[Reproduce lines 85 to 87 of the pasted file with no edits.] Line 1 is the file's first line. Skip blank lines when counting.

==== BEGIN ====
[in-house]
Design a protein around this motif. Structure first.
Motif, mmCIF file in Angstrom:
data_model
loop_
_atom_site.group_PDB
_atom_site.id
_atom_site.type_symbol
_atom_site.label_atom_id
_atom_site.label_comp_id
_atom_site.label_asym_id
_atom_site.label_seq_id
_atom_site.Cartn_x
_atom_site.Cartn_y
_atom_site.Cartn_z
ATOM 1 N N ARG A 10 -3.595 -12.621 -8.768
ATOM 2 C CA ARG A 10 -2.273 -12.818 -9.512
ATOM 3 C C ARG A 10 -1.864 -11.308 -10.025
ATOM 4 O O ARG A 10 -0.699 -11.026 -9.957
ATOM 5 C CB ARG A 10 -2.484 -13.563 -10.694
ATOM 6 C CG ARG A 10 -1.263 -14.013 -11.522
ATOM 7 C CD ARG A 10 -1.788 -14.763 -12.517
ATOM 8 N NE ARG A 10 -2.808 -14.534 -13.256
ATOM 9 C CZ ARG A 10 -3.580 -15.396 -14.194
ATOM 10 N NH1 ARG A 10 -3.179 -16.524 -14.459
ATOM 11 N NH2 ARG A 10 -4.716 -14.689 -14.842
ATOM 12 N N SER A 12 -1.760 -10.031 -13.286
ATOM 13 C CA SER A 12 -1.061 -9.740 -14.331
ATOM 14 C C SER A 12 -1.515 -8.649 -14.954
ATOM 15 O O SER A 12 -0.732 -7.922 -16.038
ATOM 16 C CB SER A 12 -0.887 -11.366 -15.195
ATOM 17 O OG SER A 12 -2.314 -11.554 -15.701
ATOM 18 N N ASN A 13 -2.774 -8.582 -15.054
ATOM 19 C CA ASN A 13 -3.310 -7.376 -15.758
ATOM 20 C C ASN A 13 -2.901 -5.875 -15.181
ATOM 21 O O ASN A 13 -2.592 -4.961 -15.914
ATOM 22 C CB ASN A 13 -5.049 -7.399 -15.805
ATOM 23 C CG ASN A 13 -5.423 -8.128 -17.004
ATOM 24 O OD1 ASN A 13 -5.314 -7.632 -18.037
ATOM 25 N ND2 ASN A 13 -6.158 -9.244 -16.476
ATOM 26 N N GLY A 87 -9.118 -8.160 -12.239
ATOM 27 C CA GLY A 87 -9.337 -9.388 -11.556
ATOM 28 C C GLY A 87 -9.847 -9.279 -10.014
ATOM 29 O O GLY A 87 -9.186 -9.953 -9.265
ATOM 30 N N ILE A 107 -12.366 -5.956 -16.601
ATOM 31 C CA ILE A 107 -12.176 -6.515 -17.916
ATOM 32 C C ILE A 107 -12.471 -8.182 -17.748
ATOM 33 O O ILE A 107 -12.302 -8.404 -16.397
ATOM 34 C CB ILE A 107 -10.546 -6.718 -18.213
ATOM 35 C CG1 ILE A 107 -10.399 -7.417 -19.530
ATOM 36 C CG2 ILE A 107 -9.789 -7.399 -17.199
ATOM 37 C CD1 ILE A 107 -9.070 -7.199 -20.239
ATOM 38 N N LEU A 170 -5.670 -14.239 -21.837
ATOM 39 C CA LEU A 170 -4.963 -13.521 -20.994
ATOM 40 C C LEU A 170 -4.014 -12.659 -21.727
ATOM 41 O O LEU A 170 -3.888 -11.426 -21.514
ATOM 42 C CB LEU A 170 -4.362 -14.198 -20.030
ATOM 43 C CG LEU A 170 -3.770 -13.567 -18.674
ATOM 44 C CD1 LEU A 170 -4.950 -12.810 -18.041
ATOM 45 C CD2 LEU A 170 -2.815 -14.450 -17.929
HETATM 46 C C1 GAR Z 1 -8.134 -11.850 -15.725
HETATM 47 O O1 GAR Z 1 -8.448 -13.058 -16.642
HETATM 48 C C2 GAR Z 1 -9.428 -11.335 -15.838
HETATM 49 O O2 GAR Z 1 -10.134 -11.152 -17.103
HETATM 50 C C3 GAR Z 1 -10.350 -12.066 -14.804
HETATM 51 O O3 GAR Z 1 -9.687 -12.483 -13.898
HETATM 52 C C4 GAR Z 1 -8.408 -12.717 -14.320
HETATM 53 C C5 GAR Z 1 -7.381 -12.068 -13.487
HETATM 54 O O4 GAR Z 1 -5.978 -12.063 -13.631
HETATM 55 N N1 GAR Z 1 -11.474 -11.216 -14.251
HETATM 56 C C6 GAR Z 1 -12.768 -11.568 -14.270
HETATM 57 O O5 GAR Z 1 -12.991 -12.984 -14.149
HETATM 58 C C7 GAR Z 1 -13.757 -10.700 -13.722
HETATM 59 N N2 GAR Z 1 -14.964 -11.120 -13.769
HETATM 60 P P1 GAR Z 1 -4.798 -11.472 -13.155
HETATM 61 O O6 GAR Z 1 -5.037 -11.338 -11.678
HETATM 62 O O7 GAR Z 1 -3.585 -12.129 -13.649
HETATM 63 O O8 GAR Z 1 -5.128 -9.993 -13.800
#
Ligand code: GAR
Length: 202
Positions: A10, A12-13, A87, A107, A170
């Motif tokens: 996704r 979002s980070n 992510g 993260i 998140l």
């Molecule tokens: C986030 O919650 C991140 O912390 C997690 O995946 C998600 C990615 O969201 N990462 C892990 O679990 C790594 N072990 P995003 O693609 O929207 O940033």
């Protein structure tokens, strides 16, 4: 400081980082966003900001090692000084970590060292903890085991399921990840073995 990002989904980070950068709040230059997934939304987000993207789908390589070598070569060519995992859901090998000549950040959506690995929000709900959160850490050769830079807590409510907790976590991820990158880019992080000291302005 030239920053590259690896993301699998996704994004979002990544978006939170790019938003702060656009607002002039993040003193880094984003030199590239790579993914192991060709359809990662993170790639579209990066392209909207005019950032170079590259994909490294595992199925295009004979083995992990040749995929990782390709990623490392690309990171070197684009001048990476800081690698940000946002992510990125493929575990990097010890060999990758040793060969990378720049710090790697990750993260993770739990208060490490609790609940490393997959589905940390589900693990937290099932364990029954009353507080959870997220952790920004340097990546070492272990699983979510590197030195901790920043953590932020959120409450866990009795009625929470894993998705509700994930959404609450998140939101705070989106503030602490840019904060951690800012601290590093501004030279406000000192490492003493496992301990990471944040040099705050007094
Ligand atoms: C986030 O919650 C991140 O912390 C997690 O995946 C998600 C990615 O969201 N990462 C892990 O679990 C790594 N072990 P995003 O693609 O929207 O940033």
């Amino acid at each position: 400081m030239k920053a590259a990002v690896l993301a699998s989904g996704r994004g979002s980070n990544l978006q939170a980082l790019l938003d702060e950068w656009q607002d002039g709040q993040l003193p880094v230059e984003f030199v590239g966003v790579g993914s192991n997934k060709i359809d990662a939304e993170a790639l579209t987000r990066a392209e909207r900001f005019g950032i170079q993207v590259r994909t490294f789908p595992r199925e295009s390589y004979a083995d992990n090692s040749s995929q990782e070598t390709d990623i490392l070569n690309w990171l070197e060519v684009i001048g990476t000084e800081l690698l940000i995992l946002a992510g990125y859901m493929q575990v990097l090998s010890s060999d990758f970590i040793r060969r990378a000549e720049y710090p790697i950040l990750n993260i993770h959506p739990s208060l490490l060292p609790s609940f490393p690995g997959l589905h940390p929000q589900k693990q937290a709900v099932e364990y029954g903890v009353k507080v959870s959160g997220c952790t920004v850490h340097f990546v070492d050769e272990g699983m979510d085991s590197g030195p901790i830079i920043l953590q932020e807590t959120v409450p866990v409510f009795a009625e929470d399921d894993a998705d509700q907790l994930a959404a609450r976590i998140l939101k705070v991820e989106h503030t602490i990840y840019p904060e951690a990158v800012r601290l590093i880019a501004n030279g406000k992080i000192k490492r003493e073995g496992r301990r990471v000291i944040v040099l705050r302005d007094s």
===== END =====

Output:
């Protein structure tokens, strides 16, 4: 400081980082966003900001090692000084970590060292903890085991399921990840073995 990002989904980070950068709040230059997934939304987000993207789908390589070598070569060519995992859901090998000549950040959506690995929000709900959160850490050769830079807590409510907790976590991820990158880019992080000291302005 030239920053590259690896993301699998996704994004979002990544978006939170790019938003702060656009607002002039993040003193880094984003030199590239790579993914192991060709359809990662993170790639579209990066392209909207005019950032170079590259994909490294595992199925295009004979083995992990040749995929990782390709990623490392690309990171070197684009001048990476800081690698940000946002992510990125493929575990990097010890060999990758040793060969990378720049710090790697990750993260993770739990208060490490609790609940490393997959589905940390589900693990937290099932364990029954009353507080959870997220952790920004340097990546070492272990699983979510590197030195901790920043953590932020959120409450866990009795009625929470894993998705509700994930959404609450998140939101705070989106503030602490840019904060951690800012601290590093501004030279406000000192490492003493496992301990990471944040040099705050007094
Ligand atoms: C986030 O919650 C991140 O912390 C997690 O995946 C998600 C990615 O969201 N990462 C892990 O679990 C790594 N072990 P995003 O693609 O929207 O940033």
């Amino acid at each position: 400081m030239k920053a590259a990002v690896l993301a699998s989904g996704r994004g979002s980070n990544l978006q939170a980082l790019l938003d702060e950068w656009q607002d002039g709040q993040l003193p880094v230059e984003f030199v590239g966003v790579g993914s192991n997934k060709i359809d990662a939304e993170a790639l579209t987000r990066a392209e909207r900001f005019g950032i170079q993207v590259r994909t490294f789908p595992r199925e295009s390589y004979a083995d992990n090692s040749s995929q990782e070598t390709d990623i490392l070569n690309w990171l070197e060519v684009i001048g990476t000084e800081l690698l940000i995992l946002a992510g990125y859901m493929q575990v990097l090998s010890s060999d990758f970590i040793r060969r990378a000549e720049y710090p790697i950040l990750n993260i993770h959506p739990s208060l490490l060292p609790s609940f490393p690995g997959l589905h940390p929000q589900k693990q937290a709900v099932e364990y029954g903890v009353k507080v959870s959160g997220c952790t920004v850490h340097f990546v070492d050769e272990g699983m979510d085991s590197g030195p901790i830079i920043l953590q932020e807590t959120v409450p866990v409510f009795a009625e929470d399921d894993a998705d509700q907790l994930a959404a609450r976590i998140l939101k705070v991820e989106h503030t602490i990840y840019p904060e951690a990158v800012r601290l590093i880019a501004n030279g406000k992080i000192k490492r003493e073995g496992r301990r990471v000291i944040v040099l705050r302005d007094s």